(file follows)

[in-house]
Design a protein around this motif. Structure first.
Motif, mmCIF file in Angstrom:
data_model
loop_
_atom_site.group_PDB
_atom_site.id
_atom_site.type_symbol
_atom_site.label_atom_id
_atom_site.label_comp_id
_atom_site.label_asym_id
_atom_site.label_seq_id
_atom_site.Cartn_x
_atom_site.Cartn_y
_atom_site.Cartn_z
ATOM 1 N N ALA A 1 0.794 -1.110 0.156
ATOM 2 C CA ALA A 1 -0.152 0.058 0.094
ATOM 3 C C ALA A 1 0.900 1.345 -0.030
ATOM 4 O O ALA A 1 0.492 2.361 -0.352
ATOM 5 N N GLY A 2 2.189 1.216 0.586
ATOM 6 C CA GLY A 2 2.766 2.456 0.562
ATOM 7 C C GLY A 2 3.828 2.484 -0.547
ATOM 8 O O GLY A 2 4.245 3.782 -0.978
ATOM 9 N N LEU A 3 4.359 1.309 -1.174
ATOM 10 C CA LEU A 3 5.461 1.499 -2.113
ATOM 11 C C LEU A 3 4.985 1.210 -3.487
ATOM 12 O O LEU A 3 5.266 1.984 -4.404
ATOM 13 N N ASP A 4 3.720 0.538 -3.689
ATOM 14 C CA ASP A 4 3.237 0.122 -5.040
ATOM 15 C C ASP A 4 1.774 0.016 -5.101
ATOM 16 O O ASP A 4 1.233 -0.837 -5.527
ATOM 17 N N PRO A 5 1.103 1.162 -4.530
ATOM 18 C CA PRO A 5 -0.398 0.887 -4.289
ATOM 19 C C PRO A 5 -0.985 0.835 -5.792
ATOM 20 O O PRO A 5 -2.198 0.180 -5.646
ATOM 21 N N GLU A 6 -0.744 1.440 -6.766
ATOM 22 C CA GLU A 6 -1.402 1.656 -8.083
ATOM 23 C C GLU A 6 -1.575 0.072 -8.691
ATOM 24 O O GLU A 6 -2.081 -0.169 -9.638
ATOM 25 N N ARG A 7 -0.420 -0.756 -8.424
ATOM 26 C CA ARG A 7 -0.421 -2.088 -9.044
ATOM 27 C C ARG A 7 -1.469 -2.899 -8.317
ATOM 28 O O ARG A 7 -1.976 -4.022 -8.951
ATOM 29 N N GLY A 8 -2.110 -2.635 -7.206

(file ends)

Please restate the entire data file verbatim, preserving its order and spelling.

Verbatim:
[in-house]
Design a protein around this motif. Structure first.
Motif, mmCIF file in Angstrom:
data_model
loop_
_atom_site.group_PDB
_atom_site.id
_atom_site.type_symbol
_atom_site.label_atom_id
_atom_site.label_comp_id
_atom_site.label_asym_id
_atom_site.label_seq_id
_atom_site.Cartn_x
_atom_site.Cartn_y
_atom_site.Cartn_z
ATOM 1 N N ALA A 1 0.794 -1.110 0.156
ATOM 2 C CA ALA A 1 -0.152 0.058 0.094
ATOM 3 C C ALA A 1 0.900 1.345 -0.030
ATOM 4 O O ALA A 1 0.492 2.361 -0.352
ATOM 5 N N GLY A 2 2.189 1.216 0.586
ATOM 6 C CA GLY A 2 2.766 2.456 0.562
ATOM 7 C C GLY A 2 3.828 2.484 -0.547
ATOM 8 O O GLY A 2 4.245 3.782 -0.978
ATOM 9 N N LEU A 3 4.359 1.309 -1.174
ATOM 10 C CA LEU A 3 5.461 1.499 -2.113
ATOM 11 C C LEU A 3 4.985 1.210 -3.487
ATOM 12 O O LEU A 3 5.266 1.984 -4.404
ATOM 13 N N ASP A 4 3.720 0.538 -3.689
ATOM 14 C CA ASP A 4 3.237 0.122 -5.040
ATOM 15 C C ASP A 4 1.774 0.016 -5.101
ATOM 16 O O ASP A 4 1.233 -0.837 -5.527
ATOM 17 N N PRO A 5 1.103 1.162 -4.530
ATOM 18 C CA PRO A 5 -0.398 0.887 -4.289
ATOM 19 C C PRO A 5 -0.985 0.835 -5.792
ATOM 20 O O PRO A 5 -2.198 0.180 -5.646
ATOM 21 N N GLU A 6 -0.744 1.440 -6.766
ATOM 22 C CA GLU A 6 -1.402 1.656 -8.083
ATOM 23 C C GLU A 6 -1.575 0.072 -8.691
ATOM 24 O O GLU A 6 -2.081 -0.169 -9.638
ATOM 25 N N ARG A 7 -0.420 -0.756 -8.424
ATOM 26 C CA ARG A 7 -0.421 -2.088 -9.044
ATOM 27 C C ARG A 7 -1.469 -2.899 -8.317
ATOM 28 O O ARG A 7 -1.976 -4.022 -8.951
ATOM 29 N N GLY A 8 -2.110 -2.635 -7.206